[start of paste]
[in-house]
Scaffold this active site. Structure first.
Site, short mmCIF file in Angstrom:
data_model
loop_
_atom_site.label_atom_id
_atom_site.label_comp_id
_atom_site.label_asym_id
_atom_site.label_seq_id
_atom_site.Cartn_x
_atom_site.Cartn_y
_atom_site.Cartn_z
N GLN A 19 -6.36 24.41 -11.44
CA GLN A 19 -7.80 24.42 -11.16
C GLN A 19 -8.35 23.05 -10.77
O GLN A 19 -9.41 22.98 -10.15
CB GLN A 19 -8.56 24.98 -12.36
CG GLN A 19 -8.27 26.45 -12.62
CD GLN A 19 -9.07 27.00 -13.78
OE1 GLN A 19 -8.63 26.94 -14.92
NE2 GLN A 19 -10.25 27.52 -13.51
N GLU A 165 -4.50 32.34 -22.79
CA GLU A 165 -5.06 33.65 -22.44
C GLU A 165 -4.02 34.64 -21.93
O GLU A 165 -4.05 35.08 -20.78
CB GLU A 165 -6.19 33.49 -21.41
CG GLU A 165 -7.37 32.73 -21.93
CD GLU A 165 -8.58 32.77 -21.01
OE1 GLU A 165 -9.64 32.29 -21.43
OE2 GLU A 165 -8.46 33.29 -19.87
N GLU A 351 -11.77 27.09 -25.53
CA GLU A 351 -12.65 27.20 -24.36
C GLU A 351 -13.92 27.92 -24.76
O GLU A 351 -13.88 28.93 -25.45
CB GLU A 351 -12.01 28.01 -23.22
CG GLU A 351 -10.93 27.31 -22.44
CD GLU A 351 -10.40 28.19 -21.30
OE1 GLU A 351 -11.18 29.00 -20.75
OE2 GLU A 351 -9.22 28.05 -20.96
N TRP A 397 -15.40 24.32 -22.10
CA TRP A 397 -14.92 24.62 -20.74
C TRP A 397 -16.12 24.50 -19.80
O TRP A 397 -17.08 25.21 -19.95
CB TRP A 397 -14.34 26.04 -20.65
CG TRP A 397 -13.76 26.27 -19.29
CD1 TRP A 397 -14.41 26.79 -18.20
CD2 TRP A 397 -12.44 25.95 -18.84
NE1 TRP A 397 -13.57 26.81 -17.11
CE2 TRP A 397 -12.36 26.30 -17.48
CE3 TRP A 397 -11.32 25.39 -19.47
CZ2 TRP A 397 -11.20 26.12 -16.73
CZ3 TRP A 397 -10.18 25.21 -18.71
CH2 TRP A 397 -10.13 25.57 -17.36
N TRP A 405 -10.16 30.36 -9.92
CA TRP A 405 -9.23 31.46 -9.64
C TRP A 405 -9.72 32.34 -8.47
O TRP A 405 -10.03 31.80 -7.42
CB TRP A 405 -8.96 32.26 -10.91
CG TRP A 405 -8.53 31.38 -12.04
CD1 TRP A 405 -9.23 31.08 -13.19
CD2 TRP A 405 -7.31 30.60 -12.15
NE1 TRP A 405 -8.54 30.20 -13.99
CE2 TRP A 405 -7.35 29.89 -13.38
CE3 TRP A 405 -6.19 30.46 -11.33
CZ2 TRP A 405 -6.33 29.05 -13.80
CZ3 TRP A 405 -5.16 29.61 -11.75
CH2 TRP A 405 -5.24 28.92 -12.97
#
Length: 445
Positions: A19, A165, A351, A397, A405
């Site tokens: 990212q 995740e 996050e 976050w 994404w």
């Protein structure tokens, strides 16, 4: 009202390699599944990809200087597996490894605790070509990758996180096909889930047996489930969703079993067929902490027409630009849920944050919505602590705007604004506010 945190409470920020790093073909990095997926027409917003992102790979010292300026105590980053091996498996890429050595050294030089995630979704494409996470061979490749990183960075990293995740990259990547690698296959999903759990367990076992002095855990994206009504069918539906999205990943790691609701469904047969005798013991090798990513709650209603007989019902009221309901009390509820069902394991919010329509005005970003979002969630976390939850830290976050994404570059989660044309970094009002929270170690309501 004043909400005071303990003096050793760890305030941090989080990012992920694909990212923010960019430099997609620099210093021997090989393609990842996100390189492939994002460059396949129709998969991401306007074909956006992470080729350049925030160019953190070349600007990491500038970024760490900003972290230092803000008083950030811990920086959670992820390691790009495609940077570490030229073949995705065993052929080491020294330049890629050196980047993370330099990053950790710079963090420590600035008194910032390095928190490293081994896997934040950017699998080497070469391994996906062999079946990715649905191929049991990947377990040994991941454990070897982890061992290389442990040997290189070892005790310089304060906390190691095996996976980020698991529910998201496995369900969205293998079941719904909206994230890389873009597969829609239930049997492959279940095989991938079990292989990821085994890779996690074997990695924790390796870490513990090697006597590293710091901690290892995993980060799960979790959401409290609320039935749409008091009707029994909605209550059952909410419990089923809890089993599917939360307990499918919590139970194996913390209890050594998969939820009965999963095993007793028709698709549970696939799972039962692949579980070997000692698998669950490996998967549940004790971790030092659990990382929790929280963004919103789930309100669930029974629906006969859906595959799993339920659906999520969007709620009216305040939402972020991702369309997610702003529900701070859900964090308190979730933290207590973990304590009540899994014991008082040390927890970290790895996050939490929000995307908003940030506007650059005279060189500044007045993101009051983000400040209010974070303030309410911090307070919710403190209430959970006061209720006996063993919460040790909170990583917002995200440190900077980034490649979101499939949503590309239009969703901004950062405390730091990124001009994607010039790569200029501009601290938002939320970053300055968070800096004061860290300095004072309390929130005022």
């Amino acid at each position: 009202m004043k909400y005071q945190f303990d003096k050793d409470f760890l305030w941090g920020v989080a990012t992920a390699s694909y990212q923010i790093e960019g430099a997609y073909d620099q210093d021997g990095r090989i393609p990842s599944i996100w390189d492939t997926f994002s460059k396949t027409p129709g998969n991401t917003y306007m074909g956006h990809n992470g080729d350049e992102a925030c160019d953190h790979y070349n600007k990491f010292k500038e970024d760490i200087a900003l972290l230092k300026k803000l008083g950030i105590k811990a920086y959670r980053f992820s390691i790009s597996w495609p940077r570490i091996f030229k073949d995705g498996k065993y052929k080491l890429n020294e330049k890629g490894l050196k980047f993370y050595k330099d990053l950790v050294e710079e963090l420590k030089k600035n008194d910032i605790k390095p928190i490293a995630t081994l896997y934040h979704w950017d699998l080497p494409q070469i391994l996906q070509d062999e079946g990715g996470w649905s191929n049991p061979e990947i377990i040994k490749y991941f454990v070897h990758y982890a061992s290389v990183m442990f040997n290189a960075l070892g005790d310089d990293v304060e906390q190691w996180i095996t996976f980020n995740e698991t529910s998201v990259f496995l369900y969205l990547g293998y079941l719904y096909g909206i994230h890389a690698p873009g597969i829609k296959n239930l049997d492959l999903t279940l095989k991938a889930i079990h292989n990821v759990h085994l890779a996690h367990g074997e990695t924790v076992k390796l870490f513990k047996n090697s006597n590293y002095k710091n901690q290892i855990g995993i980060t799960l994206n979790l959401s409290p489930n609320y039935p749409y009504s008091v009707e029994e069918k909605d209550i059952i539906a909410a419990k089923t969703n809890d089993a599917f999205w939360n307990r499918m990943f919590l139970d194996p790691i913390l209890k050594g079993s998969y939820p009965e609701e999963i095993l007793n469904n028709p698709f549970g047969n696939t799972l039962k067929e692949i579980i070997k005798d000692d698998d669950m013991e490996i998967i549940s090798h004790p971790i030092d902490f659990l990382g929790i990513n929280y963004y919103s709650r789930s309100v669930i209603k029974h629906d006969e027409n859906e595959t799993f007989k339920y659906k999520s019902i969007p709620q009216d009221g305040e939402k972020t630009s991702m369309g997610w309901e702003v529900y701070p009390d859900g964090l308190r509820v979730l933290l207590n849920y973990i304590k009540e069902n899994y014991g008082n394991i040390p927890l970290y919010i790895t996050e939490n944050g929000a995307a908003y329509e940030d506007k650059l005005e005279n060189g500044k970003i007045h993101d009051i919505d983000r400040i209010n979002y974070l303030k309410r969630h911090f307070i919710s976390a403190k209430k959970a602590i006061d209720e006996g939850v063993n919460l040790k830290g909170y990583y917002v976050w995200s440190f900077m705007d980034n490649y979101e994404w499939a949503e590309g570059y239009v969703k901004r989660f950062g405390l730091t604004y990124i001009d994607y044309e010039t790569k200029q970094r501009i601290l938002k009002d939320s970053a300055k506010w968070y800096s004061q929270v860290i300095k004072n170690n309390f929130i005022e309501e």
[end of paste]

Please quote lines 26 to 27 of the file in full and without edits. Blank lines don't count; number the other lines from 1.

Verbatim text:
CB GLU A 165 -6.19 33.49 -21.41
CG GLU A 165 -7.37 32.73 -21.93